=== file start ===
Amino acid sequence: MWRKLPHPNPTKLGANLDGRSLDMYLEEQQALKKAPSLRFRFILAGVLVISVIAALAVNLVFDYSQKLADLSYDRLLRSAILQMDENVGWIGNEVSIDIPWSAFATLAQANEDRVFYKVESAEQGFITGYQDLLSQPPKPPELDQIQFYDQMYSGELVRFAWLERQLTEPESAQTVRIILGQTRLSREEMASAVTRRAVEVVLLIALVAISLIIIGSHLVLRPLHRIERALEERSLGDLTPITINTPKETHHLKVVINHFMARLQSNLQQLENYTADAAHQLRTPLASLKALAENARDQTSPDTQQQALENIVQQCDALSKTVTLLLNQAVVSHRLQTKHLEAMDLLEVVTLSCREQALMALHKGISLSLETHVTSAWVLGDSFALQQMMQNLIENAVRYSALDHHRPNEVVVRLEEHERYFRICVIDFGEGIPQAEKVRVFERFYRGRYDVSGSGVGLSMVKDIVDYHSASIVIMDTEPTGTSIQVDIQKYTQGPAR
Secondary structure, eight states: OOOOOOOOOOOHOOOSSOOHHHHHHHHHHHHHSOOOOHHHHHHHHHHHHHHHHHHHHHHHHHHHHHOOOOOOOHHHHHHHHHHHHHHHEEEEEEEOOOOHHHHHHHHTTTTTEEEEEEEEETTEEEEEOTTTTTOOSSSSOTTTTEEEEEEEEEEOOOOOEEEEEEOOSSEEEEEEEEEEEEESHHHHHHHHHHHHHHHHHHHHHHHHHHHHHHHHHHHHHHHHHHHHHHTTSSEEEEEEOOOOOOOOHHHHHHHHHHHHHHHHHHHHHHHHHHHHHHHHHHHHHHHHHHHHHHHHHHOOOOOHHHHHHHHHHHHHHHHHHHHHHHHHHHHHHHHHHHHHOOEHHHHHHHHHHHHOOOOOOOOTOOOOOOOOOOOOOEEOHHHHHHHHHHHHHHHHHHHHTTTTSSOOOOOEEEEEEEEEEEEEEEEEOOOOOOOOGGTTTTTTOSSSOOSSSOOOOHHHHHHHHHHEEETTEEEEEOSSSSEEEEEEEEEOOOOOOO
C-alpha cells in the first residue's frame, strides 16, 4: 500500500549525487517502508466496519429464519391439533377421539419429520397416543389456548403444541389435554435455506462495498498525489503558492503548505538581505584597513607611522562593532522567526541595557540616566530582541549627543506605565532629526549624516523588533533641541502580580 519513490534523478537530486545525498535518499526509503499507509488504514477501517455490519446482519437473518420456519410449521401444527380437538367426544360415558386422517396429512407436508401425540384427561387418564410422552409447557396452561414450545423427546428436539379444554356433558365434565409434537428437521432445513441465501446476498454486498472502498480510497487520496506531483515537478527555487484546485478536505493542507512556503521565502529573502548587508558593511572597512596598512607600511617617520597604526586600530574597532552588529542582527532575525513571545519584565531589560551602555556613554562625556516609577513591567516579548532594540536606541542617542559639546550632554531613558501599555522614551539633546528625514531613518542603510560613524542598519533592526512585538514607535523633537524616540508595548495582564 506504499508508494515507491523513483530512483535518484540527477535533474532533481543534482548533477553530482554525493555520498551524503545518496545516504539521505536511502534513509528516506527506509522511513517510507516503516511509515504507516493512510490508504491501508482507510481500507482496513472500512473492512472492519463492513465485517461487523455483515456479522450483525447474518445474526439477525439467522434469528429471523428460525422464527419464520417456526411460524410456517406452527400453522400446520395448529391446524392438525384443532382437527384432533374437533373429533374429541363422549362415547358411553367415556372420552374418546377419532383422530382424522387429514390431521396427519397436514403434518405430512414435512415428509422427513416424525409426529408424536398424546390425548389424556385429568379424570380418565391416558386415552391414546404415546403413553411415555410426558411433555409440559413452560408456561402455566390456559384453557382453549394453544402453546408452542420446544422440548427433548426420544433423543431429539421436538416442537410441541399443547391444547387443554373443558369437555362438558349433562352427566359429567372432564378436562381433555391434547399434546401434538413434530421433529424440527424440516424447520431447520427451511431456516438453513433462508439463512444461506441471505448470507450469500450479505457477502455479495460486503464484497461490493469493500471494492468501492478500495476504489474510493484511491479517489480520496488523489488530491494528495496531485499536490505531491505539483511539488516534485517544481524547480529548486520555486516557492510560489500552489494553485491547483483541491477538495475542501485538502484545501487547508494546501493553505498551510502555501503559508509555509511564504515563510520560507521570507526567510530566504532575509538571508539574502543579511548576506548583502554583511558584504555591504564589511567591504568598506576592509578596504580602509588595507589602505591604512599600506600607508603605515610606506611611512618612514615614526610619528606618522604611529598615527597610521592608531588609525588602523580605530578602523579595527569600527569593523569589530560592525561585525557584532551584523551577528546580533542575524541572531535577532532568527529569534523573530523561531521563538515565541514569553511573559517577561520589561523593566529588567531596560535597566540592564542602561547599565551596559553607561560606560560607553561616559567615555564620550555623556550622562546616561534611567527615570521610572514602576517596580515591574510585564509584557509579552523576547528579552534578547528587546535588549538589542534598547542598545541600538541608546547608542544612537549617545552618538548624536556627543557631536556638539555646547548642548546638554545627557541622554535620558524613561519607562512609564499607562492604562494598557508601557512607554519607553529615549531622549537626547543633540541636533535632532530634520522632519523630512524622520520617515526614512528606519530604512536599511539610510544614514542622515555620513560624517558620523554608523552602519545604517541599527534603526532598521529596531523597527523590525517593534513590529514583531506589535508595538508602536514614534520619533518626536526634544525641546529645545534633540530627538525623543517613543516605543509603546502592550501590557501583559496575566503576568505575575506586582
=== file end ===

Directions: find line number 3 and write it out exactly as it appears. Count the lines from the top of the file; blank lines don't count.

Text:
C-alpha cells in the first residue's frame, strides 16, 4: 500500500549525487517502508466496519429464519391439533377421539419429520397416543389456548403444541389435554435455506462495498498525489503558492503548505538581505584597513607611522562593532522567526541595557540616566530582541549627543506605565532629526549624516523588533533641541502580580 519513490534523478537530486545525498535518499526509503499507509488504514477501517455490519446482519437473518420456519410449521401444527380437538367426544360415558386422517396429512407436508401425540384427561387418564410422552409447557396452561414450545423427546428436539379444554356433558365434565409434537428437521432445513441465501446476498454486498472502498480510497487520496506531483515537478527555487484546485478536505493542507512556503521565502529573502548587508558593511572597512596598512607600511617617520597604526586600530574597532552588529542582527532575525513571545519584565531589560551602555556613554562625556516609577513591567516579548532594540536606541542617542559639546550632554531613558501599555522614551539633546528625514531613518542603510560613524542598519533592526512585538514607535523633537524616540508595548495582564 506504499508508494515507491523513483530512483535518484540527477535533474532533481543534482548533477553530482554525493555520498551524503545518496545516504539521505536511502534513509528516506527506509522511513517510507516503516511509515504507516493512510490508504491501508482507510481500507482496513472500512473492512472492519463492513465485517461487523455483515456479522450483525447474518445474526439477525439467522434469528429471523428460525422464527419464520417456526411460524410456517406452527400453522400446520395448529391446524392438525384443532382437527384432533374437533373429533374429541363422549362415547358411553367415556372420552374418546377419532383422530382424522387429514390431521396427519397436514403434518405430512414435512415428509422427513416424525409426529408424536398424546390425548389424556385429568379424570380418565391416558386415552391414546404415546403413553411415555410426558411433555409440559413452560408456561402455566390456559384453557382453549394453544402453546408452542420446544422440548427433548426420544433423543431429539421436538416442537410441541399443547391444547387443554373443558369437555362438558349433562352427566359429567372432564378436562381433555391434547399434546401434538413434530421433529424440527424440516424447520431447520427451511431456516438453513433462508439463512444461506441471505448470507450469500450479505457477502455479495460486503464484497461490493469493500471494492468501492478500495476504489474510493484511491479517489480520496488523489488530491494528495496531485499536490505531491505539483511539488516534485517544481524547480529548486520555486516557492510560489500552489494553485491547483483541491477538495475542501485538502484545501487547508494546501493553505498551510502555501503559508509555509511564504515563510520560507521570507526567510530566504532575509538571508539574502543579511548576506548583502554583511558584504555591504564589511567591504568598506576592509578596504580602509588595507589602505591604512599600506600607508603605515610606506611611512618612514615614526610619528606618522604611529598615527597610521592608531588609525588602523580605530578602523579595527569600527569593523569589530560592525561585525557584532551584523551577528546580533542575524541572531535577532532568527529569534523573530523561531521563538515565541514569553511573559517577561520589561523593566529588567531596560535597566540592564542602561547599565551596559553607561560606560560607553561616559567615555564620550555623556550622562546616561534611567527615570521610572514602576517596580515591574510585564509584557509579552523576547528579552534578547528587546535588549538589542534598547542598545541600538541608546547608542544612537549617545552618538548624536556627543557631536556638539555646547548642548546638554545627557541622554535620558524613561519607562512609564499607562492604562494598557508601557512607554519607553529615549531622549537626547543633540541636533535632532530634520522632519523630512524622520520617515526614512528606519530604512536599511539610510544614514542622515555620513560624517558620523554608523552602519545604517541599527534603526532598521529596531523597527523590525517593534513590529514583531506589535508595538508602536514614534520619533518626536526634544525641546529645545534633540530627538525623543517613543516605543509603546502592550501590557501583559496575566503576568505575575506586582